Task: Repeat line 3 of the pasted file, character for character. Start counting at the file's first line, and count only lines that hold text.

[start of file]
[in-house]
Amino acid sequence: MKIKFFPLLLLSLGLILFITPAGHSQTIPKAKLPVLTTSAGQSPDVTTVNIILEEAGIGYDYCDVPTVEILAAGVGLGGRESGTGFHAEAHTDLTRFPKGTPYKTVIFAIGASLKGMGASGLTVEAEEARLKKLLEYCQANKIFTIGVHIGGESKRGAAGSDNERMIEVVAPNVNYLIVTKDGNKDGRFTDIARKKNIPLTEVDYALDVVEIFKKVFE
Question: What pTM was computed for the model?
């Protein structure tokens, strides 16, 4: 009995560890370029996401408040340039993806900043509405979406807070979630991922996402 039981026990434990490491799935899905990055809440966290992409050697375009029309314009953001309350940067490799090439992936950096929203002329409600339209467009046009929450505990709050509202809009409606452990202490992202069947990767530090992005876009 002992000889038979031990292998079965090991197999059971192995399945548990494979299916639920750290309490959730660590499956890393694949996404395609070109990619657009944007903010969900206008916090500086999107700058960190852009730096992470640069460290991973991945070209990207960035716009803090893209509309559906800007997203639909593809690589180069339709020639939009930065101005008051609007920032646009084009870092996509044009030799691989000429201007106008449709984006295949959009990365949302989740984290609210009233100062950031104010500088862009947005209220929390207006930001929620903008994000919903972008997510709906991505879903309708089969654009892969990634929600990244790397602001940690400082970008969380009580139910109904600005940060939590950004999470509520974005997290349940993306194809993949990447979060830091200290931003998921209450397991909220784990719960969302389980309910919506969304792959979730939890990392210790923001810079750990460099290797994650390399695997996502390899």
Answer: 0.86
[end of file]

Question: What pTM was computed for the model?